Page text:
Crohn’s Disease – Patient Education Overview

Crohn’s disease is an inflammatory disorder of the digestive tract (gastrointestinal/GI tract), typically in the lower part of the small intestine or ileum. The swelling penetrates into the intestinal lining. The irritation causes pain and diarrhea from frequent emptying.

Whereas ulcerative colitis has inflammation and ulcers limited to the top-lining layer of the colon, all layers in Crohn’s disease may be affected.

The cause of this disorder is unknown but a well accepted theory is that this is an autoimmune condition where the body’s immune cells mistakenly consider bacteria, foods and lining cells as being foreign invaders and attack them, causing extensive inflammation. High levels of Tumor Necrosis Factor have been identified with this condition.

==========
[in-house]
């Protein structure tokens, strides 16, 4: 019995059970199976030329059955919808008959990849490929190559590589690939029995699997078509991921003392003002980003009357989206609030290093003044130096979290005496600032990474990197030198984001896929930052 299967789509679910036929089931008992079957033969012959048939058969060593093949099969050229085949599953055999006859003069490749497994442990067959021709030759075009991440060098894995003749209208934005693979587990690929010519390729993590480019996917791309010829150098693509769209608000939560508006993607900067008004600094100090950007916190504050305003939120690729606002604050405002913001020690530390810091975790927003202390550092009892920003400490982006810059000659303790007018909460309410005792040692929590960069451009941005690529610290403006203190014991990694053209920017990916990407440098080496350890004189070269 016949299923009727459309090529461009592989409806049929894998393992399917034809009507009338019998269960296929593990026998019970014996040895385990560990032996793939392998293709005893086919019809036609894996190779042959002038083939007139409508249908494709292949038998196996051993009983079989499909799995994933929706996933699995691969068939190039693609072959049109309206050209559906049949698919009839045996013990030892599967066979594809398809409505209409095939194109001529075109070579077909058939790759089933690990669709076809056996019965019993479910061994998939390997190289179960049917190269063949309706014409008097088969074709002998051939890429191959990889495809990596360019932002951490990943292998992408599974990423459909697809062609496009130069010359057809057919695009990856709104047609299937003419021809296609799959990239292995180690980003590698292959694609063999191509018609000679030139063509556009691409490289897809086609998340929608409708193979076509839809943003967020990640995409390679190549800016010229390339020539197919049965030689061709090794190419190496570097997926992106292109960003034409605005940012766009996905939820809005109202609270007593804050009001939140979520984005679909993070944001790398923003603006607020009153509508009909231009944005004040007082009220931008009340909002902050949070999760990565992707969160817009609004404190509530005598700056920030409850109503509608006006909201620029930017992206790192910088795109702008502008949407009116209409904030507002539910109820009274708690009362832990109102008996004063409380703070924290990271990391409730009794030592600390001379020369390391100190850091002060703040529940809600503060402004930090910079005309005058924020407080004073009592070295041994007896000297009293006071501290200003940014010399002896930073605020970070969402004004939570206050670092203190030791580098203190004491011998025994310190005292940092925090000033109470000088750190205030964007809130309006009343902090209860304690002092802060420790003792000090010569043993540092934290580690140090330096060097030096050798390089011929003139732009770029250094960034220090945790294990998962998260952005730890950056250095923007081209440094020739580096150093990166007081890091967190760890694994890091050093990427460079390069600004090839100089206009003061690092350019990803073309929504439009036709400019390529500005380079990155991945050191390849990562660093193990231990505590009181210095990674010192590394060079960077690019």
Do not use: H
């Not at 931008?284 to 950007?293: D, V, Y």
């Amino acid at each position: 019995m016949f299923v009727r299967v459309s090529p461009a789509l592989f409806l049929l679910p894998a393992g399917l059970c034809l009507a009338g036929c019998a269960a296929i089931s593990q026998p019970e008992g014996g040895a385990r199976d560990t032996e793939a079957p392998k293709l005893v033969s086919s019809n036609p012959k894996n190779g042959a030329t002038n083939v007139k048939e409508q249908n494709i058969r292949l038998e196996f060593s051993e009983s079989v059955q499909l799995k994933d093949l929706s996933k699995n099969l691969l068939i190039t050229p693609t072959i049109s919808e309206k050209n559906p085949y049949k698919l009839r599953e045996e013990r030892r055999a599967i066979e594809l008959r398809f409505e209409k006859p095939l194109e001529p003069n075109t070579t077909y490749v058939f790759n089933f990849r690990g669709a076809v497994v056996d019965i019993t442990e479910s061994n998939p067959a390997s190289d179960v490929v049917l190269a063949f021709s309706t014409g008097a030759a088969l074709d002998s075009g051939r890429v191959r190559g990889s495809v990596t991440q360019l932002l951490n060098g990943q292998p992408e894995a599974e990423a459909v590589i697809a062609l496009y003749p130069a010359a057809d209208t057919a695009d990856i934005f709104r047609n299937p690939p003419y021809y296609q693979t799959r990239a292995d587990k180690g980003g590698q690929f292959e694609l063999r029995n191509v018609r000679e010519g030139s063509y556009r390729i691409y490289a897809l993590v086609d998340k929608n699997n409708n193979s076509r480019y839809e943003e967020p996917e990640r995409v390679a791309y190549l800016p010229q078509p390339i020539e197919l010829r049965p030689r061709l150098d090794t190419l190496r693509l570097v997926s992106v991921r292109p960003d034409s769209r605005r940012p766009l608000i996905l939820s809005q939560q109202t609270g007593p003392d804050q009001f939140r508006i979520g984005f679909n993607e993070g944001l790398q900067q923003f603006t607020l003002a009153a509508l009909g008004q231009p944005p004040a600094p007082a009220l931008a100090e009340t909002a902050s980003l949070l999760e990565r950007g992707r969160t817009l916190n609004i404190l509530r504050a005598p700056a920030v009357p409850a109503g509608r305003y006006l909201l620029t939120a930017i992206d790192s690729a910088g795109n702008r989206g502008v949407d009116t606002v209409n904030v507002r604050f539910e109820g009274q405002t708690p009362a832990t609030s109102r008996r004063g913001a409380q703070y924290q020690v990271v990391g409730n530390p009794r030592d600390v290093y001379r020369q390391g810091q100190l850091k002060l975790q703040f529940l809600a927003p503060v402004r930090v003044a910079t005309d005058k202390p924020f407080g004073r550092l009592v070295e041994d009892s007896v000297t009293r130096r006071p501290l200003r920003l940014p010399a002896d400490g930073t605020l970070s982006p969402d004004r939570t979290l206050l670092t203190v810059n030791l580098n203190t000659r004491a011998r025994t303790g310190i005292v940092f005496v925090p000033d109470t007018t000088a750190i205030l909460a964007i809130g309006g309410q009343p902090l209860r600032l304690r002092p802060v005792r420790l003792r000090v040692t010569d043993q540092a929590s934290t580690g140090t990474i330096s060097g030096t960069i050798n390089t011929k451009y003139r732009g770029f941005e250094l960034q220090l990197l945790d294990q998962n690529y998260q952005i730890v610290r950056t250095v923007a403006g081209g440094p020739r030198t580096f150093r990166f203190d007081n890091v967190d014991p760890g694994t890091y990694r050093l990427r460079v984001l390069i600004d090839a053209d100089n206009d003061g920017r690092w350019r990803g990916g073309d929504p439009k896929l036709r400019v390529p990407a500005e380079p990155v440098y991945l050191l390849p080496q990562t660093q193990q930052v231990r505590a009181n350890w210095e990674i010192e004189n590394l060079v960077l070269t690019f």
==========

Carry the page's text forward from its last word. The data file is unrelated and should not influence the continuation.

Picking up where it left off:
Symptoms include:

  • Diarrhea
  • Abdominal pain
  • Possible fever
  • Possible skin problems
  • Possible arthritis
  • Bleeding
  • Anemia
  • Delayed development and stunted growth in children

The most common complication of Crohn’s disease is an intestinal blockage from swelling and scar tissue causing a narrowing of the intestinal passage. Nutritional deficiencies are also common.

Written by Barbara Hales, MD
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